Driving Impressions
The character of the Volvo 70-series wagons varies by model, but all are enjoyable vehicles in their own way.

The V70 2.4 is soft and smooth, a sensible vehicle that offers a strong value equation. The 2.5T is more powerful. The XC70 Cross Country is firm and actually pretty sporty, considering its off-road capabilities. And the V70R is definitely a sleeper hot rod.

The Cross Country is are Volvo's best-selling wagon, so we'll start with it. Volvo insiders tell us that active outdoors enthusiasts tend to buy the XC70 Cross Country wagon, while Volvo's XC90 SUV is more popular among urban moms hauling groceries and kids around town. (We like the Cross Country more than the XC90, but we like the XC90 better than the headline-grabbing BMW X5.)

We drove a Cross Country down the Baja Peninsula in Mexico over some of the same rocky roads used in the Baja 1000 off-road race and were impressed how well the Volvo stood up to more than 2,000 grueling miles over the course of seven weeks. Likewise, we were impressed by how well it handled the icy haul road that runs along the Trans-Alaska Pipeline to Deadhorse, the farthest north you can drive on Alaska's road system, a trip we took in February.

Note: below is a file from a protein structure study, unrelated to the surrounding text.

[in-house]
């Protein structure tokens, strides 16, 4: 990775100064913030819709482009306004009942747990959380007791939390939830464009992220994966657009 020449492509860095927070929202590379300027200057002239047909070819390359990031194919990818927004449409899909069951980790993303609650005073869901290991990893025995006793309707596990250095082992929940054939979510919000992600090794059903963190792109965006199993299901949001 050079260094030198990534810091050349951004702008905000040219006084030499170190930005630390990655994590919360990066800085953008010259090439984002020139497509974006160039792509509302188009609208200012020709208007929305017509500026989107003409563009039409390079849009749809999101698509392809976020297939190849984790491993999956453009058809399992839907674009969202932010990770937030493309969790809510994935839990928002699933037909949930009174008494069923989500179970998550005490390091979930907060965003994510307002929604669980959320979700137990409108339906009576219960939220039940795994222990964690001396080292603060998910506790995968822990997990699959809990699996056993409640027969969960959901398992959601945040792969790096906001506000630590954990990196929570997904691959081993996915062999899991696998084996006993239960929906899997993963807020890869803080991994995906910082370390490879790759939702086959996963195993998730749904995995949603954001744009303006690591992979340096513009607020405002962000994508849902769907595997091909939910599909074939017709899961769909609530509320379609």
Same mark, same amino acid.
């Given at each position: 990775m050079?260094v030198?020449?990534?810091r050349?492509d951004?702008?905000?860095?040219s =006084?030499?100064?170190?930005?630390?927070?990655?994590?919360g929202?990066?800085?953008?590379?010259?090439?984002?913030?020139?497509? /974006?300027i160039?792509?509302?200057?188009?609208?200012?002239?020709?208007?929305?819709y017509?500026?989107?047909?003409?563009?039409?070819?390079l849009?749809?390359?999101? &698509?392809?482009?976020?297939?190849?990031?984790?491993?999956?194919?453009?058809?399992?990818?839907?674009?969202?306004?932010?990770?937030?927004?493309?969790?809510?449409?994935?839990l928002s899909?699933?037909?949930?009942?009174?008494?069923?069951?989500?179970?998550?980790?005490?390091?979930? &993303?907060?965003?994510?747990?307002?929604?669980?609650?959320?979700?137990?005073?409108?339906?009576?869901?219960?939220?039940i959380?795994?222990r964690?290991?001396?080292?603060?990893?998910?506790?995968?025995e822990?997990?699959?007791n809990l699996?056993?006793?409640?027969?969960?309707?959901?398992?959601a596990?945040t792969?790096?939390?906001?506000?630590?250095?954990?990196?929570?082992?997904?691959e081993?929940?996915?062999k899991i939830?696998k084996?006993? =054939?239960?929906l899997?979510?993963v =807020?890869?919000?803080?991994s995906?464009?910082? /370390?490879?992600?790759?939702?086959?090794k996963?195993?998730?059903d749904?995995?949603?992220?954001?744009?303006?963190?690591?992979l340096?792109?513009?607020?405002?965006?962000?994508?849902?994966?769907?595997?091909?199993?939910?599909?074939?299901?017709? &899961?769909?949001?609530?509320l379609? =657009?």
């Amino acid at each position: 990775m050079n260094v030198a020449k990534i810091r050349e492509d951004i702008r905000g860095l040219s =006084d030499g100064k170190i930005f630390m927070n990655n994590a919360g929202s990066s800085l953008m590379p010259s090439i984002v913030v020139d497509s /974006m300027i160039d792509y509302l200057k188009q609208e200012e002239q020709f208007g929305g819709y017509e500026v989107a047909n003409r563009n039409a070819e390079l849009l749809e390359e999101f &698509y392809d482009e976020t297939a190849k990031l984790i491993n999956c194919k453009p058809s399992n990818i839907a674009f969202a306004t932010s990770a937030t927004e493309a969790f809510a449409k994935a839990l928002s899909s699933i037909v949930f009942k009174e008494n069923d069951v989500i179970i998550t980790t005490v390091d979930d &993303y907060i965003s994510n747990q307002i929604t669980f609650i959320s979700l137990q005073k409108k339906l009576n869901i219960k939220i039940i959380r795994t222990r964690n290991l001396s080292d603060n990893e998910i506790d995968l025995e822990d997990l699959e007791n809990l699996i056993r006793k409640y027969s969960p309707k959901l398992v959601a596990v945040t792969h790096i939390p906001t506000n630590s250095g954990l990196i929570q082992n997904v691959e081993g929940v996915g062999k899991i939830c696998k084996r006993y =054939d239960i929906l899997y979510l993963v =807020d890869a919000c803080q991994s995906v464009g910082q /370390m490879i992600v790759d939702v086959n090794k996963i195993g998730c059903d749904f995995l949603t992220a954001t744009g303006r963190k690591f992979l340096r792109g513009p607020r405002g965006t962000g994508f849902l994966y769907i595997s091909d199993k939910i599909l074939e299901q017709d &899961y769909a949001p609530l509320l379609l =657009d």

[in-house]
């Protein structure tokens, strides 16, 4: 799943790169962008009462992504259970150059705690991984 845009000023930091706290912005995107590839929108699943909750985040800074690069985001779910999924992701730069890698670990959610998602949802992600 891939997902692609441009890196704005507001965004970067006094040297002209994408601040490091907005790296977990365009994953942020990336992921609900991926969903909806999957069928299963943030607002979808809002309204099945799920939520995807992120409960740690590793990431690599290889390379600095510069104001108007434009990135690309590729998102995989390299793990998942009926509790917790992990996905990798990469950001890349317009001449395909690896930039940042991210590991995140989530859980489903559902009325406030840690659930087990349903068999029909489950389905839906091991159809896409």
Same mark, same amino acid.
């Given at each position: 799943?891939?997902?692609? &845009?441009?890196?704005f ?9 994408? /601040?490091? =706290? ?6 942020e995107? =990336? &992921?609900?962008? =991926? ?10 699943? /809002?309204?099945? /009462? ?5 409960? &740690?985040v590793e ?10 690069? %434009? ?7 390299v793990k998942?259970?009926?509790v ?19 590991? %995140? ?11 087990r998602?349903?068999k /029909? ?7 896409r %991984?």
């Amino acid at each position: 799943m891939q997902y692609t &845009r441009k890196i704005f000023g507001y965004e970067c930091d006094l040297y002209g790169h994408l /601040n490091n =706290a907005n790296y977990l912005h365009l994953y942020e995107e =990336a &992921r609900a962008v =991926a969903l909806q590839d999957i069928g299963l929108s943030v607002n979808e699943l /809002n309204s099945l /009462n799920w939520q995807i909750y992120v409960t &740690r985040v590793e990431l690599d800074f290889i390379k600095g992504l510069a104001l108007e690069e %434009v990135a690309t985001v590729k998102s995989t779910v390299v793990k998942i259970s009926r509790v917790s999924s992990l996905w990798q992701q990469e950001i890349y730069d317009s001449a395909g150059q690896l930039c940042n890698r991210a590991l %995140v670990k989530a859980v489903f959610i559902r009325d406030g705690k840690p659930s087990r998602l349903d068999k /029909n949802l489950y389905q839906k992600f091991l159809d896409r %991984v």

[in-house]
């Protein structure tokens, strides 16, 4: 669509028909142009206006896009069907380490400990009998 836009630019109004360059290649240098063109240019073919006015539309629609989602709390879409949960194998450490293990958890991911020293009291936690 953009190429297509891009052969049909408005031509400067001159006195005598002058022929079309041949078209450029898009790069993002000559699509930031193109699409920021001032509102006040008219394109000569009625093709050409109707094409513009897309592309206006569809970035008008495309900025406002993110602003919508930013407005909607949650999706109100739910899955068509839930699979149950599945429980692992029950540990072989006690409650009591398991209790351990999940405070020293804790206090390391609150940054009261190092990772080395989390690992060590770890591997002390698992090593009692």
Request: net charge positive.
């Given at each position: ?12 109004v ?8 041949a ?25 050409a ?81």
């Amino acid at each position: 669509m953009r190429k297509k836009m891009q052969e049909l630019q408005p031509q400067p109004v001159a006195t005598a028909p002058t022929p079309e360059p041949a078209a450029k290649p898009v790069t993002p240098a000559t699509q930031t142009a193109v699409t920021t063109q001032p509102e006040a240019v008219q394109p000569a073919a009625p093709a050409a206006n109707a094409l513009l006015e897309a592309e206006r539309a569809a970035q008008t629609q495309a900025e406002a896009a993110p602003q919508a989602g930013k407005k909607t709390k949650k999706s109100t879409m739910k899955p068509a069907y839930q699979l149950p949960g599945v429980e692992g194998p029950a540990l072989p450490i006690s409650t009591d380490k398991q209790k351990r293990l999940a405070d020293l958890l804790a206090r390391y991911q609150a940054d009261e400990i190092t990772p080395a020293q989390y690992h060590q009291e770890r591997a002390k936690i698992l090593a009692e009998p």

The all-wheel drive works wonderfully, automatically switching power to the wheels with the best grip. Most of the time the system sends power to the front wheels. Our car was fitted with the optional Dynamic Stability and Traction Control (DSTC) system, which further enhanced stability.

The Four-C active suspension system is a plus as it continuously adjusts the damping rates in the shocks so that the wheels stay in better contact with the ground for improved handling while also delivering a nicer ride.

Though not designed for true off-road travel, the Volvo Cross Country can comfortably go just about anywhere that's accessible via primitive roads. Yet on dry pavement, it behaves like a sporty European sedan.